When it comes to editing your book, there’s more than one approach to the revision process. Some writers work through their manuscript from beginning to end, in chronological order. Others might work backward, one chapter at a time. Another efficient way to conduct revisions is by layering your edits.
Let’s consider what layering your edits might look like.
How to Determine Your Editing Layers
When you work with a developmental editor, you’ll often get an editorial letter and/or detailed notes at the end of the developmental process. These notes will likely detail several areas throughout your story that need extra attention. That’s going to look different for every writer, but some of these issues could include:
- Story threads that need to be present throughout the manuscript
- Character interactions that need to be more consistent
- Hints or foreshadowing you need to add
- Actions, responses, and interactions that should be more in-character
- Plot points that need to be tightened
When it’s time to start revising, use your editor’s notes to make a master list of issues you need to address in your manuscript. Then, use it as a map that guides you through each layer of the revision process.
Layering Edits Allows You to Focus on One Story Thread at a Time
Correcting one story thread at a time is an effective way to move through your editorial process quickly. If you’re working through revisions after your developmental edit, it’s critical that you consider layering edits to maintain consistency throughout the process.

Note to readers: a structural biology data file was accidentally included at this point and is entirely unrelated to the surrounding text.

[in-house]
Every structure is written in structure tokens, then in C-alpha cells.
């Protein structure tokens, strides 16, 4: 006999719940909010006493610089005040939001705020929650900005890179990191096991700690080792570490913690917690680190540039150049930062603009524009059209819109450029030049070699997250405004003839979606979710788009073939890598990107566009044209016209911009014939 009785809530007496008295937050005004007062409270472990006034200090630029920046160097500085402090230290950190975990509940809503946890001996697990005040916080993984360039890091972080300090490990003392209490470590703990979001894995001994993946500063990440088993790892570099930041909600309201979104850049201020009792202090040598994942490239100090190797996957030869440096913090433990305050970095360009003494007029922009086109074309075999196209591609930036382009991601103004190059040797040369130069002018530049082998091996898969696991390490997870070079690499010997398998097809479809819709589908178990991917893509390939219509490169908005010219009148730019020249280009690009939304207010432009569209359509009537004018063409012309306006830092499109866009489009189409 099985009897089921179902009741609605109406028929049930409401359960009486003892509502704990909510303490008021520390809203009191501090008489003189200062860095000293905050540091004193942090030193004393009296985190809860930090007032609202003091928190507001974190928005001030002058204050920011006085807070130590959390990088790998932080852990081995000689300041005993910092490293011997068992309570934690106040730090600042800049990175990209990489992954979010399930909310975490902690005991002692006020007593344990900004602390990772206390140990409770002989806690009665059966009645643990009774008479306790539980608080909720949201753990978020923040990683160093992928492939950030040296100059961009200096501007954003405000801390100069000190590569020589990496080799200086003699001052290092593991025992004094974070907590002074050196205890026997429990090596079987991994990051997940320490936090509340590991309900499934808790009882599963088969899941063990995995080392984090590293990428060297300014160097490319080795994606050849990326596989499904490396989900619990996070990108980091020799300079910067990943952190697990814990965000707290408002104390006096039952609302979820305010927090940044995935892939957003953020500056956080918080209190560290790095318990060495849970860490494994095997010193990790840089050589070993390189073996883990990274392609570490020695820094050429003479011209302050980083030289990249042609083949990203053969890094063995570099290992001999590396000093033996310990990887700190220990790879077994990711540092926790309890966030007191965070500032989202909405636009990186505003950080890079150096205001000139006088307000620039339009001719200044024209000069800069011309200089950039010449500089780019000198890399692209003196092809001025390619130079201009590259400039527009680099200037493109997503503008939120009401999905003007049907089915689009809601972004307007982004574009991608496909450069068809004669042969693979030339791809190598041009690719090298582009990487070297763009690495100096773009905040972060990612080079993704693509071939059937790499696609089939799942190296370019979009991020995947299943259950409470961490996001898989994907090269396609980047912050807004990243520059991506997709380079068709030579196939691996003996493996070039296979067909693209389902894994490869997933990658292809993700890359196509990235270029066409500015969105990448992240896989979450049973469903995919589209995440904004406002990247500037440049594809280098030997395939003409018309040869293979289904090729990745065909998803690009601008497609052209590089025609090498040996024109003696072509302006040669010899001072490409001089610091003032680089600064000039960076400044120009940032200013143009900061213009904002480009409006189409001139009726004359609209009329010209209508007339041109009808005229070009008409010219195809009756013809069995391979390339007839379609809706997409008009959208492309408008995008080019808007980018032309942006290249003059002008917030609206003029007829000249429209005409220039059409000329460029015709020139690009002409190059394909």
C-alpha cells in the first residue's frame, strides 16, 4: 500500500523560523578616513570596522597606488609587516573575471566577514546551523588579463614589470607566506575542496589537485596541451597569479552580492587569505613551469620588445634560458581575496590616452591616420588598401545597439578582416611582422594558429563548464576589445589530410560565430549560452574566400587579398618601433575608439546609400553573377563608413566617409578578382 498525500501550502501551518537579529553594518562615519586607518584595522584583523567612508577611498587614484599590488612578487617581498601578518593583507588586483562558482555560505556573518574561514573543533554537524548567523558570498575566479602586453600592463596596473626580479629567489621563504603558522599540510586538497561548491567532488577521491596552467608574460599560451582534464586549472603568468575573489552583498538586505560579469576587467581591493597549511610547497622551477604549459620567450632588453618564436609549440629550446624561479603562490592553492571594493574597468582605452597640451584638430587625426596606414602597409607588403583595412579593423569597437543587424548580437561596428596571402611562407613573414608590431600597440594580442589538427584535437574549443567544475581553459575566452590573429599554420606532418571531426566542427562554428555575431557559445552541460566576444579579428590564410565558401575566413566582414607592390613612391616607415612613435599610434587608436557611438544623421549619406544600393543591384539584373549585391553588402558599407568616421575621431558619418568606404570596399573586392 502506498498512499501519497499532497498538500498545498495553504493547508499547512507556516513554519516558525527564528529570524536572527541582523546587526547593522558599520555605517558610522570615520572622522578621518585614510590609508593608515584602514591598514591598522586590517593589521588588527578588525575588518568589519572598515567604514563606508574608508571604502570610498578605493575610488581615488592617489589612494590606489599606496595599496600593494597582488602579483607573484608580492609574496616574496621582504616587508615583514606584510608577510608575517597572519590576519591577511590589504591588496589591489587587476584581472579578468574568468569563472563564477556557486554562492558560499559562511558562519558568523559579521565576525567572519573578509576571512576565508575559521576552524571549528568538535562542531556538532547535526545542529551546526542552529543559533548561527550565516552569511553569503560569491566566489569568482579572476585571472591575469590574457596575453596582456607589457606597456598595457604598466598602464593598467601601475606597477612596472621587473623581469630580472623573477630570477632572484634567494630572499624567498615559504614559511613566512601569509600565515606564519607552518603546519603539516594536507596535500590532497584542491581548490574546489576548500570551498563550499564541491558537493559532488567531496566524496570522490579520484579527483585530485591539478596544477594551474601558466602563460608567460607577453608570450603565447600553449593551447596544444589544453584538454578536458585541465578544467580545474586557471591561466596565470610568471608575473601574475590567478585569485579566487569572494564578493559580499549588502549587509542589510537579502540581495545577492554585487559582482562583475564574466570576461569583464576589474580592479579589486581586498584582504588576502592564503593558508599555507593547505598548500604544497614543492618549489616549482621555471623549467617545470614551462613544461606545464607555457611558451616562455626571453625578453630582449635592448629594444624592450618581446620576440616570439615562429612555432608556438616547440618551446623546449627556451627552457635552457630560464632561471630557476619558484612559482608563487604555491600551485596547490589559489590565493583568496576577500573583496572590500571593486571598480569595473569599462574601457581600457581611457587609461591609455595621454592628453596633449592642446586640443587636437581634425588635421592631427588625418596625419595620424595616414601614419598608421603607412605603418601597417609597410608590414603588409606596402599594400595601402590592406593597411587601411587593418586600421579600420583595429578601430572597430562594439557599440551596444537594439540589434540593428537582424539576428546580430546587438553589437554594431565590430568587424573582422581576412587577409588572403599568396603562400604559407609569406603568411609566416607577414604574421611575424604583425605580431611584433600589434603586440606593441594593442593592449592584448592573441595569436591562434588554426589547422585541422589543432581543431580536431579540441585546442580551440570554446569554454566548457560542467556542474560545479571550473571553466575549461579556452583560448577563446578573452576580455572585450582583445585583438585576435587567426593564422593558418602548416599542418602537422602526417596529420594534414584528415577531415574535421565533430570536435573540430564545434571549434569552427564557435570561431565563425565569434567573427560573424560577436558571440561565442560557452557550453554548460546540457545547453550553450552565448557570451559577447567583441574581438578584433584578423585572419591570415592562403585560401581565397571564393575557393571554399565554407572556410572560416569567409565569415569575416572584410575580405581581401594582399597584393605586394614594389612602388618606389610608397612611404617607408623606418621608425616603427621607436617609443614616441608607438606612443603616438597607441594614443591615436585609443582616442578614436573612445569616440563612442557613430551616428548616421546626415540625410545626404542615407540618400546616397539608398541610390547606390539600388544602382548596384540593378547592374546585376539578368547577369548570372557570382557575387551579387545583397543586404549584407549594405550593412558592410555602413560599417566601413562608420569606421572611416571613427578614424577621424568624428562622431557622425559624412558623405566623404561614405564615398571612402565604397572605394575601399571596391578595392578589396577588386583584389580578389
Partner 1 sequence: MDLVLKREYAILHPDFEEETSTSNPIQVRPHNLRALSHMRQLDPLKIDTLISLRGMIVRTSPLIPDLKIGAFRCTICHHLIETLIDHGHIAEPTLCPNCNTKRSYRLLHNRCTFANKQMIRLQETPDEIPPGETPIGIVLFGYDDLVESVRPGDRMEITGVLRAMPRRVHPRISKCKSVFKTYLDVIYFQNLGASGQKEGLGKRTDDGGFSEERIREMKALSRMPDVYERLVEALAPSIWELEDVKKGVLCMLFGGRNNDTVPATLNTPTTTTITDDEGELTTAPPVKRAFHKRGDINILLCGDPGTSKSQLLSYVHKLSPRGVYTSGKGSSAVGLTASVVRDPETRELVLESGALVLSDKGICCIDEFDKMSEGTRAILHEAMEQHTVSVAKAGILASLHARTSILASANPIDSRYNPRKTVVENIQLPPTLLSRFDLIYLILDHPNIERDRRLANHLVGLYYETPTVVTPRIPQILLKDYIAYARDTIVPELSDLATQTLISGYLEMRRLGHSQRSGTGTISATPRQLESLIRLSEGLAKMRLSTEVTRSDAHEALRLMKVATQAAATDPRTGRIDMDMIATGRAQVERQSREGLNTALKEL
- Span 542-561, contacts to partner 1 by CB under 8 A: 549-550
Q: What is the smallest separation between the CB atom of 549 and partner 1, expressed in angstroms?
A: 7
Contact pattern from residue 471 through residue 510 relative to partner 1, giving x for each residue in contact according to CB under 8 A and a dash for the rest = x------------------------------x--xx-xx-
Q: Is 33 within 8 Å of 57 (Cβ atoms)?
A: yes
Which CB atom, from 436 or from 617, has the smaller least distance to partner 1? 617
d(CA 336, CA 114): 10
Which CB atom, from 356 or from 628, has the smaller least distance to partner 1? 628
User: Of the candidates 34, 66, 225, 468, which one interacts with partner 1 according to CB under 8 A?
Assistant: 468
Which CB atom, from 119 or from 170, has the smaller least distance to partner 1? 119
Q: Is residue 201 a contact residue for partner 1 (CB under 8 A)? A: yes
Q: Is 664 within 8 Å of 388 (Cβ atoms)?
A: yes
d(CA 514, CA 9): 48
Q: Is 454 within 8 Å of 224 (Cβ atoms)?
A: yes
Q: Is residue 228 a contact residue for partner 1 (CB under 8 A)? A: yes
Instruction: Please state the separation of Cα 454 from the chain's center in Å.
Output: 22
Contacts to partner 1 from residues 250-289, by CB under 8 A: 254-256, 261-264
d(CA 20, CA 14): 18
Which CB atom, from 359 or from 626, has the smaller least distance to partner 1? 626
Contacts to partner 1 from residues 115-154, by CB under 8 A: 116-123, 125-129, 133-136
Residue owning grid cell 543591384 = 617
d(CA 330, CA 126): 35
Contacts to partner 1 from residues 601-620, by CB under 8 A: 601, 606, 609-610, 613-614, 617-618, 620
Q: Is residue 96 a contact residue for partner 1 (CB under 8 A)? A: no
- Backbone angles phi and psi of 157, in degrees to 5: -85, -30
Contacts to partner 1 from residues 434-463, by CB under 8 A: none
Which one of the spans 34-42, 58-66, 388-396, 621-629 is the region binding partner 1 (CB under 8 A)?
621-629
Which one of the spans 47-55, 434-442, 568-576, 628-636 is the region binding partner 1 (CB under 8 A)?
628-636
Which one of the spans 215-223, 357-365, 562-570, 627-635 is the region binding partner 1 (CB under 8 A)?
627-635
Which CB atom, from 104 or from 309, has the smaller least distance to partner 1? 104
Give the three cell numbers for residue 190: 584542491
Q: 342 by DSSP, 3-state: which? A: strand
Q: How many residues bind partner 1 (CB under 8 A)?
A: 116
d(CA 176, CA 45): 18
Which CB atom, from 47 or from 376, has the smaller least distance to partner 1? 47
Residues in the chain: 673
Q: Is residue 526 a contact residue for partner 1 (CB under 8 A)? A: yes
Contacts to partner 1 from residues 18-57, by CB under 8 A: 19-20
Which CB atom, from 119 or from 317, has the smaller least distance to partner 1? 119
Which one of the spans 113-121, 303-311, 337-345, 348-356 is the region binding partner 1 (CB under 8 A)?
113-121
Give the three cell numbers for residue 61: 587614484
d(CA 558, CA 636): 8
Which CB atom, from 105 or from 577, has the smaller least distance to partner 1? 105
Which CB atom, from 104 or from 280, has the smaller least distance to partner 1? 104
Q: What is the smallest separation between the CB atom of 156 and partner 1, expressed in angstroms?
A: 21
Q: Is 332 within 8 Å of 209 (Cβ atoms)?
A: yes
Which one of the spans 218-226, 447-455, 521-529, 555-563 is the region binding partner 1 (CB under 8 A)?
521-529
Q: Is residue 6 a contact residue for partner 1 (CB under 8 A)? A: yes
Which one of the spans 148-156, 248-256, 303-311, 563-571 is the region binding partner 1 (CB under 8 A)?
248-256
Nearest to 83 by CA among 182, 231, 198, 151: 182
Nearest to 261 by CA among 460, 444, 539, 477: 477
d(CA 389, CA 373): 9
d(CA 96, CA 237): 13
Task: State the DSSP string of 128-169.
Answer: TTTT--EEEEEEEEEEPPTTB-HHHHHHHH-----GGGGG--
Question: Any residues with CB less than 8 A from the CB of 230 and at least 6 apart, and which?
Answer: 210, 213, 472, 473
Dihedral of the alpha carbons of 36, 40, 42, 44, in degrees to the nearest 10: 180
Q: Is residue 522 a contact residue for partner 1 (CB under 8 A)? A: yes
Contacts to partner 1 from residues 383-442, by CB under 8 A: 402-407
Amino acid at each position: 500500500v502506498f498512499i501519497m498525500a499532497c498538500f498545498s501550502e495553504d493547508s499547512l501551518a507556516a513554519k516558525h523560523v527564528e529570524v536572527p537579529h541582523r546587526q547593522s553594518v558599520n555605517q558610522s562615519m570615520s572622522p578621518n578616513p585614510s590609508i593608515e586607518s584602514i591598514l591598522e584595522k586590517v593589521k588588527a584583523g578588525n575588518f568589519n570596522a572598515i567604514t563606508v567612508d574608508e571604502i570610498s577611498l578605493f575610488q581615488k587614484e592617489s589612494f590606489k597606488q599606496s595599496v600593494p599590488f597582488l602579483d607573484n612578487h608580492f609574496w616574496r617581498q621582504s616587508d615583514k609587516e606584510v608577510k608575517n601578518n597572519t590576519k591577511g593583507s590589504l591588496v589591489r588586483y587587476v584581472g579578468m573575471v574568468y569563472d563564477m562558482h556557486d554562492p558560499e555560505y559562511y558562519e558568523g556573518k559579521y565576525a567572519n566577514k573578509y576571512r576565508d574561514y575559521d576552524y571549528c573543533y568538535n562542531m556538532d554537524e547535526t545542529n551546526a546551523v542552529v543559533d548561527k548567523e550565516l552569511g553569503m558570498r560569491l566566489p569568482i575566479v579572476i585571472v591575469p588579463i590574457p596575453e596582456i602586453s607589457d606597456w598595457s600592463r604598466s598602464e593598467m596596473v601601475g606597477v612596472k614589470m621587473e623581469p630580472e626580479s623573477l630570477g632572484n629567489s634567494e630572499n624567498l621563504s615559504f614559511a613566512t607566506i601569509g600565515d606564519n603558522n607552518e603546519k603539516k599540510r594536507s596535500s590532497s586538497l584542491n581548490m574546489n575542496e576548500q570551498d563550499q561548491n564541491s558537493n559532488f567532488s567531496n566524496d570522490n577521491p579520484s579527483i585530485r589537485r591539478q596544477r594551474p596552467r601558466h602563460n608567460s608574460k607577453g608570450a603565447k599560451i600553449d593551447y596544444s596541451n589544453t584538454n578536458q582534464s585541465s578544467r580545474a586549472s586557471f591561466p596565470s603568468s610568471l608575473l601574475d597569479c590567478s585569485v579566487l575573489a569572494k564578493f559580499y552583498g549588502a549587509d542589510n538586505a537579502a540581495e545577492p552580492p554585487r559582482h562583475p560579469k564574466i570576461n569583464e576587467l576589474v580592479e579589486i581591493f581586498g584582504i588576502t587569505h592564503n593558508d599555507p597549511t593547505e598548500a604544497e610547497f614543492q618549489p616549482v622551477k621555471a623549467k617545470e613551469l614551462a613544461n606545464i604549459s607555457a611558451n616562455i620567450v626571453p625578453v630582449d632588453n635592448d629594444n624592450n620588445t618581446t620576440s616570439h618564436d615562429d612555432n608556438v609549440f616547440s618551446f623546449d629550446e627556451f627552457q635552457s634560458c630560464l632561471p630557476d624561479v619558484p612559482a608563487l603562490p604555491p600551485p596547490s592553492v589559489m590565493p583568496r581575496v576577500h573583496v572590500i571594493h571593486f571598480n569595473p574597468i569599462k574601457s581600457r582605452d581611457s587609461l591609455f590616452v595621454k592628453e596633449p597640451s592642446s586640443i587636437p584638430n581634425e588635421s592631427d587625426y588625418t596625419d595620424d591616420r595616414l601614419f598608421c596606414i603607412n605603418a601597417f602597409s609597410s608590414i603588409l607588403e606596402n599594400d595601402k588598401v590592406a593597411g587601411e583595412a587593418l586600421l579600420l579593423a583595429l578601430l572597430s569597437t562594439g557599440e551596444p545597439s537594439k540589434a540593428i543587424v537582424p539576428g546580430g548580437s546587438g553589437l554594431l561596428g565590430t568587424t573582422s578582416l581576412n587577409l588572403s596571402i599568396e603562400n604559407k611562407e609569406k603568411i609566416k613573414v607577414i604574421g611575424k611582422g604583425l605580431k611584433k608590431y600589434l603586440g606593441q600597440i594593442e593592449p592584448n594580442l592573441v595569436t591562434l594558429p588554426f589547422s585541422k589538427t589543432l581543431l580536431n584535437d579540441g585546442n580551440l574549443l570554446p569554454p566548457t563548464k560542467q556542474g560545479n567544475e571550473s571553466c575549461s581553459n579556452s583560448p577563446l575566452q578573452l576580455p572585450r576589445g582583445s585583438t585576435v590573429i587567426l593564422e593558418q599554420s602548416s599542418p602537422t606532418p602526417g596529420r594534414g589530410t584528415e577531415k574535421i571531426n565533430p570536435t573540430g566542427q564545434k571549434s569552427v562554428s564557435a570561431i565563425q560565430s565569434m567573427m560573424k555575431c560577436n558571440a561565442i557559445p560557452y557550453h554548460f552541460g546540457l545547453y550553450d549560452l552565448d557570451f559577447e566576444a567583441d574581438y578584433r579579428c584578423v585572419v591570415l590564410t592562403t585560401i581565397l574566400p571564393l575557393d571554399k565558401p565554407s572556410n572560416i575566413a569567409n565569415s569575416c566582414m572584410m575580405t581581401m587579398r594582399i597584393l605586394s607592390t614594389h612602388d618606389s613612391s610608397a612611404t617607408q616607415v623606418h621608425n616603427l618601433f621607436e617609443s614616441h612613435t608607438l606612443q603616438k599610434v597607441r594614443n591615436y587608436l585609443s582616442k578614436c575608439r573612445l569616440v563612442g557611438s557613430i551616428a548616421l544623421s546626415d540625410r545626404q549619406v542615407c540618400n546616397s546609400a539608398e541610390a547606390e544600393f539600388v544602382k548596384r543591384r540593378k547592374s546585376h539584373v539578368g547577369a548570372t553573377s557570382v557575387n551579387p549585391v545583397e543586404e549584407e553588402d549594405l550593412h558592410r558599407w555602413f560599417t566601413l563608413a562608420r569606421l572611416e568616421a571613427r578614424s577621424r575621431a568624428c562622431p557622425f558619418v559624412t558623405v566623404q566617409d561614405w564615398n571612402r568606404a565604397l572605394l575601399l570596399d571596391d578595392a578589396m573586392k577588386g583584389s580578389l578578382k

What I mean by consistency is that if you’re threading a particular theme through the story, you want to follow that through from beginning to end. Layering can help you focus on one thread at a time so you don’t get lost in other details along the way.
Layering Edits Can Prevent Unnecessary Rewrites
Just like getting lost in details, it’s a little too easy to get caught up in unnecessary rewrites (guilty…very guilty). If you layer your revision process and make a clear plan for the parts of your novel you plan to edit, it might help keep you on track to meet your deadlines.
This method is particularly useful if you’re writing long books with vast worlds. Making a seemingly small adjustment in one chapter could result in many, bigger changes as you go along. If you have a map to guide the process, you might be able to avoid a major detour.
Layering Edits Helps You Stay Focused on the Big Picture
As you move through revisions, you want to keep your focus on the big picture: completing your novel. It’s easy to get tangled in a web of extensive rewrites when you’re really supposed to be refining your existing story, so use your list of edit layers to keep yourself on track.
Most importantly, remember that there are no hard and fast rules for how to approach the editing process. The most important thing is to finish your book.
If you need to talk through how to layer your edits, Allie and Jo can help. Get in touch with us here.